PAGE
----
VERNON AH KEE
Screen-printer, drawer, photographer, video and text-based artist, Vernon Ah Kee was born in Innisfail in far north Queensland. He is of the Kuku Yalandji, Yidindji and Gugu Yimithirr peoples of Innisfail. He is largely self-taught and has always been a keen drawer, but it was not until the final year of his Bachelor of Visual Arts (Contemporary Indigenous Australian Art) at Queensland College of Art at Griffith University that he began to seriously view himself as an artist. Ah Kee’s first solo exhibition was If I was White in 1999 and in 2003 he was invited to participate in Queensland Art Gallery’s exhibition Storyplace, Indigenous Art of Cape York and the Rainforest. In 2004 he showed Fantasies of the Good, and produced his first video work for ArtTV/2004. In 2007, Ah Kee participated in Sunshine State, Smart State at Campbelltown Arts Centre. Ah Kee’s work, including portraits and text work, was also included in Culture Warriors, for the National Gallery of Australia.
Mervyn Bishop was born in 1945 in Brewarrina NSW and is an Australian news and documentary photographer. Joining the Sydney Morning Herald as a cadet in the early 1960s, he was the first Aboriginal Australian to work on a metropolitan daily newspaper. In 1971, four years after completing his cadetship, he was named Australian Press Photographer of the Year. In 1991 he had his first solo exhibition, In Dreams: Mervyn, Thirty Years of Photography 1960 to 1990, at the Australian Centre for Photography. Merv produced a one-man performance piece, Flash Blak for the 2004 Message Sticks Festival at the Sydney Opera House and also worked as a stills photographer on Rabbit-Proof Fence. His work is held in the collections of the Art Gallery of New South Wales, The Australian National Maritime Museum and The National Gallery of Australia.
Richard Bell is a Brisbane-based artist born in 1953 in Charleville, south west Queensland who has established a reputation as a political commentator. In 2003, he was awarded Australia’s top Indigenous art prize – the Telstra National Aboriginal and Torres Strait Islander Art Award. Richard’s long-standing career follows a path of engagement in the Aboriginal arts industry which began in the early 1970s. His work is often confronting yet provokes discussion surrounding contemporary arts practice and Indigenous issues. The artist’s international exhibition Richard Bell: Uz vs. Them toured North America as part of QIAMEA’s 2009/10 Arts Partnership Program. He has taken part in a number of group exhibitions and his work is held in major public galleries including the National Gallery of Australia, and the Art Galleries of NSW, Victoria and of Queensland.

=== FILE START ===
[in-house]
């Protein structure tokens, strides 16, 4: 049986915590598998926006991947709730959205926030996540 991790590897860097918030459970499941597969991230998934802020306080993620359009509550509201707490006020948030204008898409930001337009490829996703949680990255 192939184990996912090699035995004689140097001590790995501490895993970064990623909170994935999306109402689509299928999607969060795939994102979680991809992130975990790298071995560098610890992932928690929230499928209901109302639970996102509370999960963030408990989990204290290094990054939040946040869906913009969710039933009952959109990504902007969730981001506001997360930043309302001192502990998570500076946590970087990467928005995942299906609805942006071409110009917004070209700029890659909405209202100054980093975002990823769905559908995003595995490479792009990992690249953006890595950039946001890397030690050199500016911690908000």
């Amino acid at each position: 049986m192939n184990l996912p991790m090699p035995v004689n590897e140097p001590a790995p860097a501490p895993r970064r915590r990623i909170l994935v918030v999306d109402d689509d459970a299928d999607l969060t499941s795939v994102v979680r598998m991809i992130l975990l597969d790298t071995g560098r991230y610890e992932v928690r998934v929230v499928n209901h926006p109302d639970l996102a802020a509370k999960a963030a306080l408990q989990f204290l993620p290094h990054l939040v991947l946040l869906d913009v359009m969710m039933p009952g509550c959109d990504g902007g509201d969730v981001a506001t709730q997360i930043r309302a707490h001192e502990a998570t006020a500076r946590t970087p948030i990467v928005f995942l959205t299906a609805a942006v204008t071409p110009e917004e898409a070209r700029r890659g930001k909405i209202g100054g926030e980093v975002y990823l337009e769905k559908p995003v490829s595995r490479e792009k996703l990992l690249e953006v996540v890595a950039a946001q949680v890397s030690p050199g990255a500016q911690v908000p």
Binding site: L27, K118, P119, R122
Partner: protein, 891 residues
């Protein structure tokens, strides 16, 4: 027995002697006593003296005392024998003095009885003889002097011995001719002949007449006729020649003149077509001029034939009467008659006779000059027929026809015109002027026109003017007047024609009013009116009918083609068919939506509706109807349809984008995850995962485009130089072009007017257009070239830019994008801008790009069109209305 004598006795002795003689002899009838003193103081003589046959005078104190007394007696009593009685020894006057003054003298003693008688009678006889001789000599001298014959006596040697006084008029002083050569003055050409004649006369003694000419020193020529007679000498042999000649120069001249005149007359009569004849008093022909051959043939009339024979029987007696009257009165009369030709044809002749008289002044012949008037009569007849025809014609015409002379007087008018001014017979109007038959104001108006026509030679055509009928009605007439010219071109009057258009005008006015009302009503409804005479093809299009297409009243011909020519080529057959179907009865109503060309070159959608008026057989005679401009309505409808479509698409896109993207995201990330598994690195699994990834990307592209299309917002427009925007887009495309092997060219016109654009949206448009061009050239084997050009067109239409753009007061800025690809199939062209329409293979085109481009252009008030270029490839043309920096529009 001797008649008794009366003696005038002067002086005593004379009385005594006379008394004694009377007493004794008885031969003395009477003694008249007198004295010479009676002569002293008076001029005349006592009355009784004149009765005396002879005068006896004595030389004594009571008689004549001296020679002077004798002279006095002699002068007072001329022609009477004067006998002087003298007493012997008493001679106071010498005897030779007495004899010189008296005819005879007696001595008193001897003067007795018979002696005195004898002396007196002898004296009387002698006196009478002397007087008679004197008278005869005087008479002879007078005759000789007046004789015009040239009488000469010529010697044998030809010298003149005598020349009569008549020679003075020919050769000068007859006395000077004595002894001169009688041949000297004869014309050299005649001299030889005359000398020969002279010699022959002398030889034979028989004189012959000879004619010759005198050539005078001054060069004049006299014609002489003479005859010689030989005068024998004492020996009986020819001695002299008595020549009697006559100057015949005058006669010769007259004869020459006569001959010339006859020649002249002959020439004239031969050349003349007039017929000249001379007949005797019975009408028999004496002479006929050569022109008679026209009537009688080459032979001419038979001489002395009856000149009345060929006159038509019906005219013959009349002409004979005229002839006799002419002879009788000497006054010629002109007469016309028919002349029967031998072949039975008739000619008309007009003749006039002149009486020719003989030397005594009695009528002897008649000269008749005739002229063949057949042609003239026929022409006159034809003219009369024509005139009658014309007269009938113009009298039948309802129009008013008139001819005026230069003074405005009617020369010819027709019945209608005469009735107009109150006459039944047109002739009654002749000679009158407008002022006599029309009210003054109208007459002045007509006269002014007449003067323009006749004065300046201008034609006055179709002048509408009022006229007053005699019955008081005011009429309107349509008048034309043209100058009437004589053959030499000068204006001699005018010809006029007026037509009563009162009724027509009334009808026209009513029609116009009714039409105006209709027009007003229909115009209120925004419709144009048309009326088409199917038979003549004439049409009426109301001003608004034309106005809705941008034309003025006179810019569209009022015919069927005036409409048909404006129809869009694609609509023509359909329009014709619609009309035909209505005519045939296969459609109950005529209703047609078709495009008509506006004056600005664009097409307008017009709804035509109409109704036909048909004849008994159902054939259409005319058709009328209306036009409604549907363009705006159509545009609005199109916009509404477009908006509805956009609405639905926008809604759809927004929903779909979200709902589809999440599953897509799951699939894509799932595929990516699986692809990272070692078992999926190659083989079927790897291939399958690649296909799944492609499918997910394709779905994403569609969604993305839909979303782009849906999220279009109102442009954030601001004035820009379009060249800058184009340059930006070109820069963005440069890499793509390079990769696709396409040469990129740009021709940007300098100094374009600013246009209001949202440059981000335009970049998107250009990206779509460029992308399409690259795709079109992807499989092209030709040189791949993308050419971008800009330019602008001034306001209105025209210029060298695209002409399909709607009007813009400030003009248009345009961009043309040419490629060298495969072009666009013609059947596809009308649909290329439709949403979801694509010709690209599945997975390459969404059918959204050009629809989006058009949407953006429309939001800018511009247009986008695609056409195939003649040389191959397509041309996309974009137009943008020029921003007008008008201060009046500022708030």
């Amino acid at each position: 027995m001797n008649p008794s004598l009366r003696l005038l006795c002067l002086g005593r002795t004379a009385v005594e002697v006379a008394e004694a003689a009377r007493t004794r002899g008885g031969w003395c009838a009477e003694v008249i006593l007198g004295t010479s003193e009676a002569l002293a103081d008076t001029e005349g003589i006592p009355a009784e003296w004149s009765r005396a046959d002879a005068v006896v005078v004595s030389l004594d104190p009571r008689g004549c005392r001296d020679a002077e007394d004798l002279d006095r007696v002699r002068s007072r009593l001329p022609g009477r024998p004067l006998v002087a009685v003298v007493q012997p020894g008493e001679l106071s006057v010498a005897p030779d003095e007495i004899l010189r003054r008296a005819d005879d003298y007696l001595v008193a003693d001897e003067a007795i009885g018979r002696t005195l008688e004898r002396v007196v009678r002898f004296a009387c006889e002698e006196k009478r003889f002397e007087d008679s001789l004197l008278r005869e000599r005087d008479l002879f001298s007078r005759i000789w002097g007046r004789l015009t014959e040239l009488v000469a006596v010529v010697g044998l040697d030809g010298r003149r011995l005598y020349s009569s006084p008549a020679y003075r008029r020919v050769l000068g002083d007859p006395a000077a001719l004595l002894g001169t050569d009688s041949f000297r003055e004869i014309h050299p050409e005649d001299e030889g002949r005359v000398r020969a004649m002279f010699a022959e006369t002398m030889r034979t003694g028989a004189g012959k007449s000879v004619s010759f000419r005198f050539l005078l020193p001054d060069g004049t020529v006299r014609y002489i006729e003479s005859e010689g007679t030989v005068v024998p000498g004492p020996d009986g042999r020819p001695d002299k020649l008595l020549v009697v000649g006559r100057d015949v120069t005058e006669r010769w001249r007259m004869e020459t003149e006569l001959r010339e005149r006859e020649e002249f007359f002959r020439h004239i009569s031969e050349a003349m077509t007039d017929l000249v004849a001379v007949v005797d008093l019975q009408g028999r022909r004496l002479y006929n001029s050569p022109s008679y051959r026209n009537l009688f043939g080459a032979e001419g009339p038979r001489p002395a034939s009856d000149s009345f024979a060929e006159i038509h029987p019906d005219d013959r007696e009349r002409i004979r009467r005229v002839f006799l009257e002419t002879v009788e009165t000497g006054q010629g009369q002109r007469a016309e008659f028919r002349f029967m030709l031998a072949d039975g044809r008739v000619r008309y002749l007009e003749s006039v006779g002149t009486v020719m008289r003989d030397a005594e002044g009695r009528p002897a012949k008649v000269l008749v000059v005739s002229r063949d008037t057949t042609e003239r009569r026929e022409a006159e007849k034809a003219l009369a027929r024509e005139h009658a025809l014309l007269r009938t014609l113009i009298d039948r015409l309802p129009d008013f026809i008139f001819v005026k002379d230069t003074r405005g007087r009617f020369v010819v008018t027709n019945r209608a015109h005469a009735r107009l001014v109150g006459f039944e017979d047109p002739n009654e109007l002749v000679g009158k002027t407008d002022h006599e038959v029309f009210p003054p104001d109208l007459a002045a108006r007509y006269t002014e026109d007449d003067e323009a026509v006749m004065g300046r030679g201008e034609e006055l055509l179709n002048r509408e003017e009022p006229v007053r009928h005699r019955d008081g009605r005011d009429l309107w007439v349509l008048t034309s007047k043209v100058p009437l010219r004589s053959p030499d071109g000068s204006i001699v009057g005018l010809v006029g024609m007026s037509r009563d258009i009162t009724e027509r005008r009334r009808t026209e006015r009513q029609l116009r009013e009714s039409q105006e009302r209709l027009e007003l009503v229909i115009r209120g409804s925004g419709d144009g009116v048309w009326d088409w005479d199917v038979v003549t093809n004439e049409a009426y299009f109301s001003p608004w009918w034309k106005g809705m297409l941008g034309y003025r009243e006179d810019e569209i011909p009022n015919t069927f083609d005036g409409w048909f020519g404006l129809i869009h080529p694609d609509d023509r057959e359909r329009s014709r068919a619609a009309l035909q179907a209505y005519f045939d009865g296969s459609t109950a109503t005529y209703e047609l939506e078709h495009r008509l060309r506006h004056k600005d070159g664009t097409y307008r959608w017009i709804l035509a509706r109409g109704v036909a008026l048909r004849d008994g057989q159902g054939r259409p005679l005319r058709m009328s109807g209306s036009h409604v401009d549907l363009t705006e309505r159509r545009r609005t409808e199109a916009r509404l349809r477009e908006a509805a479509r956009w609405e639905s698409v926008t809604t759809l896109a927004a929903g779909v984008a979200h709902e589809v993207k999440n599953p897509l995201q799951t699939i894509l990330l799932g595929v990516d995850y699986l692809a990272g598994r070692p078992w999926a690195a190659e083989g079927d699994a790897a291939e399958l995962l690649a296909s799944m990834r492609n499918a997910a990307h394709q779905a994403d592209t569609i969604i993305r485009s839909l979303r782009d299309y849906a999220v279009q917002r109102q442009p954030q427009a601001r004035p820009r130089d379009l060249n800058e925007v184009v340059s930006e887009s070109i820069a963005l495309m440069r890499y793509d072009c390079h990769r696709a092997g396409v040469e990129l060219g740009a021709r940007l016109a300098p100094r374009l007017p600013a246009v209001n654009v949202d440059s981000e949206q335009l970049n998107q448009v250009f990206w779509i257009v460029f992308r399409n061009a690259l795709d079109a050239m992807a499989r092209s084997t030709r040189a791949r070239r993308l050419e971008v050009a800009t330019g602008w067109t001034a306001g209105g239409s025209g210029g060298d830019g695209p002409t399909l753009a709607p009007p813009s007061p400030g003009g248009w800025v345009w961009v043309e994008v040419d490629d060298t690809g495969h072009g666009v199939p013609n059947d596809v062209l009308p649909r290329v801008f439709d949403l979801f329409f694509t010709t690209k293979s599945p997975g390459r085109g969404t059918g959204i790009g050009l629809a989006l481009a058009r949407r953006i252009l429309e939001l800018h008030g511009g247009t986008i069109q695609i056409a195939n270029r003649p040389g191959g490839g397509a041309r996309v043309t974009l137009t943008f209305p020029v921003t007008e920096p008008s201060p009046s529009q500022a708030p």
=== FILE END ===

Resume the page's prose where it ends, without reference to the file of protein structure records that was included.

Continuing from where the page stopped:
Gurindji photographer and curator, Brenda Croft was born in 1964 in Perth, WA. In 1985, she received a Bachelor of Fine Arts (Photography) from the Sydney College of Arts, University of Sydney, and in 1995 was awarded her Masters of Art Administration, from the College of Fine Arts, University of NSW. In 1987 Croft, along with nine other Indigenous artists, co-founded Boomalli Aboriginal Artists Co-operative in Sydney and in 1990 she became Boomalli’s General Manager. She has also worked as a curator at the Art Gallery of Western Australia and the National Gallery of Australia. Brenda has been included in a number of key exhibitions including Half Light: Portraits from Black Australia at the Art Gallery of NSW, Photgraphica Australia at the ARCO Spanish International Contemporary Art Fair, Madrid and Retake at the National Gallery of Australia. She is a five-time finalist at the Telstra National Aboriginal and Torres Strait Islander Art Awards.
Brook Andrew was born in Sydney and is of the Wiradjuri people of NSW. He is a multidisciplinary artist who uses words and images displayed on signs, billboards and flags to recast Indigenous and non-Indigenous language into a social commentary on being Aboriginal in contemporary Australia.. His other art works include digital photography and sound, film, neon, performance and other multi-media art works. Brook completed a Bachelor of Visual Arts at the University of Western Sydney in 1999 and a Master of Fine Arts by research at the Canberra School of Art, Australian National University. He held his first solo exhibition Livin’ It Up at Artspace in 1993 and has participated in numerous group shows since 1992. He has been the recipient of several grants and awards, including in 1997 a New Work Grant from the Visual Arts Craft Fund of the Australia Council. In 2004 Brook’s Tensio (Currawongs and snake) won the Works on Paper section of the 21st National Aboriginal and Torres Strait Islander Art Awards.